Formed in 1893 as a direct result of the good work done by Chapel Car 1 Evangel, the First Baptist Church of Everett just celebrated their 125th Anniversary! Lead Pastor Brian Harpell accompanied his Senior Ministry to the Northwest Railway Museum.  They rode the train, got a tour of the Train Shed, learned about the history of the chapel car, and then gathered for the first organized prayer in the car since 1946.  The melodic sounds of a Baptist hymn filled the car and spilled into the gallery, and while the venue has not been consecrated, it was a remarkable experience seeing the car used as it was originally intended.

Congratulations to the First Baptist Church of Everett on 125 years of service to our region, and thank you for making Messenger of Peace a part of your celebration!

Monday, May 29, 2017

50 Years of Excursions

The Museum's new identity appeared
on loco 4024 on Sunday, May 28,
2017.
May 28th, 2017. It was a Red Letter Day - or at least a warm and sunny day - in the Snoqualmie Valley, and marked 50 years of excursions trains at the Northwest Railway Museum.  Dignitaries, supporters and visitors gathered in front of the Snoqualmie Depot to mark this milestone achievement.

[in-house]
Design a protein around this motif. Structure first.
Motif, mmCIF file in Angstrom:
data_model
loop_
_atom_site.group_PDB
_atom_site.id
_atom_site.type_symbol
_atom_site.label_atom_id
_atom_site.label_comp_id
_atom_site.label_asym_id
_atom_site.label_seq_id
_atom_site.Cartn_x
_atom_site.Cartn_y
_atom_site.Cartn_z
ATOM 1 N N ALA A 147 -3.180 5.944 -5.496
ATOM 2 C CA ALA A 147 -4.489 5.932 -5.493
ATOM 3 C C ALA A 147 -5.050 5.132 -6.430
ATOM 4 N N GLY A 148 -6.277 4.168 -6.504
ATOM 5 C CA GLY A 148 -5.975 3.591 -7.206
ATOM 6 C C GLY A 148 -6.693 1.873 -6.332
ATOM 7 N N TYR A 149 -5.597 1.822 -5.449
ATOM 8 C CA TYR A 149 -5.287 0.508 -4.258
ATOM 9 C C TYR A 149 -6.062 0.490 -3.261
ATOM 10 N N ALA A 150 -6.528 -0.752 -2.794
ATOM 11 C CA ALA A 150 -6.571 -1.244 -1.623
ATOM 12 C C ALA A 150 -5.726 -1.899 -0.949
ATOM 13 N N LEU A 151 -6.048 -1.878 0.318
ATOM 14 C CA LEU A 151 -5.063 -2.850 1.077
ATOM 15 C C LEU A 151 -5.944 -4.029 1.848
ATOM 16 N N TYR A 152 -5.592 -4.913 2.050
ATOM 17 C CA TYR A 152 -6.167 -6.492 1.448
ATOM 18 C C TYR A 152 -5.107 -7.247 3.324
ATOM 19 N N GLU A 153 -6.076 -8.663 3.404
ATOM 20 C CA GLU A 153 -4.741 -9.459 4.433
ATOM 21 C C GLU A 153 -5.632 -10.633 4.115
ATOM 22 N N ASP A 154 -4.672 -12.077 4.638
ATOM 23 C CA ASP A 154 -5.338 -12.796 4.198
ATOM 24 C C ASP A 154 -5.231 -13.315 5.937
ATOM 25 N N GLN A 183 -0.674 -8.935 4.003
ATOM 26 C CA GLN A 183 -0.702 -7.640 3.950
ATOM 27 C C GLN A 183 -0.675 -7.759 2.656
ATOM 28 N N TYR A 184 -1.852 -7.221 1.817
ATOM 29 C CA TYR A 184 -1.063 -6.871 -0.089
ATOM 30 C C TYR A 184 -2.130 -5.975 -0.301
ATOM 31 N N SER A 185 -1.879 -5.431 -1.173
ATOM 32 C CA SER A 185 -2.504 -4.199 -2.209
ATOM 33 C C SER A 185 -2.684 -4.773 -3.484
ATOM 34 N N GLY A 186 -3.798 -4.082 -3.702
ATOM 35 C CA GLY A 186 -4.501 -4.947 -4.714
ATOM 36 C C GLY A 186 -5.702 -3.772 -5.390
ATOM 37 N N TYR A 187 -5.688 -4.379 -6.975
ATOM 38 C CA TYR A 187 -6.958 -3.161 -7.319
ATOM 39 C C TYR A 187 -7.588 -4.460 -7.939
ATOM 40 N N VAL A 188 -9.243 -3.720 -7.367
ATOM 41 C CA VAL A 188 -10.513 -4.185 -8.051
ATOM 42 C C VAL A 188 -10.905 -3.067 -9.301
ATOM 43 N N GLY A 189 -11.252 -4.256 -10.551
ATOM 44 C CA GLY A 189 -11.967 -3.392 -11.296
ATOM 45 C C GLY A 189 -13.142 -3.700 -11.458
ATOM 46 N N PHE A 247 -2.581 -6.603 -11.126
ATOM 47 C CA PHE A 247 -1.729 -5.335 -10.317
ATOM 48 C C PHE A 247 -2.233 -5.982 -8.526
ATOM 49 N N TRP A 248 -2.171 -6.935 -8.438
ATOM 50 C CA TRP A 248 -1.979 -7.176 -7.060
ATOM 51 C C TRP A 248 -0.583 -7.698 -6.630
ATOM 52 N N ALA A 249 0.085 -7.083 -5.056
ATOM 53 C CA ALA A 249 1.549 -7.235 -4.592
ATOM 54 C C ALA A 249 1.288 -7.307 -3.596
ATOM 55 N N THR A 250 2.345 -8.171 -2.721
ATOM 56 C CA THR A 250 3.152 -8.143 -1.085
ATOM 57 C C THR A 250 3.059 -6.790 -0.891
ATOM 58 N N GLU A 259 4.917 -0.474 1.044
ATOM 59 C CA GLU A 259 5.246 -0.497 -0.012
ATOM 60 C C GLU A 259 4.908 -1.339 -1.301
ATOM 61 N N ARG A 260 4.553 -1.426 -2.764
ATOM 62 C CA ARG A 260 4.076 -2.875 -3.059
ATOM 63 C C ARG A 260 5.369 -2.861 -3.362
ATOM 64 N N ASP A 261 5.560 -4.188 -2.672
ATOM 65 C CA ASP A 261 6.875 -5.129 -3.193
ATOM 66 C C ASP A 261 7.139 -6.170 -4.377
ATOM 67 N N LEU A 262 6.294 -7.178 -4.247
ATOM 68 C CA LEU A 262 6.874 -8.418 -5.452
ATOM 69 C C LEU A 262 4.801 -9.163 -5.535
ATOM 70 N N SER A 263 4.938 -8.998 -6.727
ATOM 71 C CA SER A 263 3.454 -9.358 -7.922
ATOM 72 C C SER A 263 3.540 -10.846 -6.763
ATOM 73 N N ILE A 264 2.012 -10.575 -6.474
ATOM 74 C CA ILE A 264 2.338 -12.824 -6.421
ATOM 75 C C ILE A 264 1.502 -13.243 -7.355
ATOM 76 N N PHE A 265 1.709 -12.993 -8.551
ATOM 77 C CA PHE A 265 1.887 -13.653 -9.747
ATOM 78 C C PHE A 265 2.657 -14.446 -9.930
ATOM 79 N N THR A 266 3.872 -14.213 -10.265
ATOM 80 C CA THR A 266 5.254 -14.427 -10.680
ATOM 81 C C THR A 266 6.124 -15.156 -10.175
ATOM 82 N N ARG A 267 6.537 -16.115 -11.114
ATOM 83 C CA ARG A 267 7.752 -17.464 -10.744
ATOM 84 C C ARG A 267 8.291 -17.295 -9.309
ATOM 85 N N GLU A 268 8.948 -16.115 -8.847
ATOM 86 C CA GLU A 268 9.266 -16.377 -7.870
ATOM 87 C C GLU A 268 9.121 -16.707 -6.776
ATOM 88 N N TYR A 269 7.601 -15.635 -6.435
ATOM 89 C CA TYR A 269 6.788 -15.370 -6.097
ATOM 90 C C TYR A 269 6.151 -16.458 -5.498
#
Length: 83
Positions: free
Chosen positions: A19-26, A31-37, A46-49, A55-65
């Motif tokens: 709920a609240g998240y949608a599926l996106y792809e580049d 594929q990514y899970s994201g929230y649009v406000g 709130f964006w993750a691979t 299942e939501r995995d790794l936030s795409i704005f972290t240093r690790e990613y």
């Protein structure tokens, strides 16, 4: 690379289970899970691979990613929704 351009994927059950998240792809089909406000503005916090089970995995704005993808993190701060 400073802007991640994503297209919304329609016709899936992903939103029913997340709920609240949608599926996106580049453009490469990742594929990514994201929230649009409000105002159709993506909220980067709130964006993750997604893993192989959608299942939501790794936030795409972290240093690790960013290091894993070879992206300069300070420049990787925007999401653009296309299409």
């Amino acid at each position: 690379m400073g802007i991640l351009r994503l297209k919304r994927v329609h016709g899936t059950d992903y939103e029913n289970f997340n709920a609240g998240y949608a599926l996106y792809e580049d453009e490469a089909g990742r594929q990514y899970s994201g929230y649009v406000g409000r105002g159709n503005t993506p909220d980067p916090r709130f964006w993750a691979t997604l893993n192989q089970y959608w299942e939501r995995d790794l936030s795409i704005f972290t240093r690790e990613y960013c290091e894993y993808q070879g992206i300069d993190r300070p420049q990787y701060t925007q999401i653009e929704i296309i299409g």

An excursion train departs Kimball
Creek Station circa 1969.
Just 50 years prior, on Sunday, May 28th, 1967, an excursion train consisting of Canadian Collieries locomotive 17, flatcar 62, Northern Pacific coach X46 (889), and Northern Pacific caboose 1203 departed the Kimball Creek station bound for Niblock Yard. William (Bill) Petitjean was fireman that day, and continues to reside in the community.  He was one of the invited guests and cut a ribbon symbolizing the beginning of the next 50 years of excursions!

Bill Petitjean
Mr. Petitjean has continued his involvement with steam trains ever since his first experiences at the Northwest Railway Museum in the mid and late 1960s. Today he is the owner and founder of Engine Lubricants, makers of Green Velvet-brand lubricants used across North America on many of the steam locomotives and steam traction engines in service today.  Of late, Mr. Petitjean has also taken an interest in Northern Pacific 924 and has got involved in that rehabilitation project taking place here at the Northwest Railway Museum.  His engineering skill has certainly found a welcome home!
Steve Ater

Dignitaries on hand to mark the occasion represented the local and regional committee.  The new President of the Board Steve Ater hosted and introduced the dignitaries.  Museum staff including Ms. Barchi, Ms. Cunningham, and Ms. Lake organized the morning, and important volunteer support - including sound reinforcement by Mr. Beveridge - made for a successful event.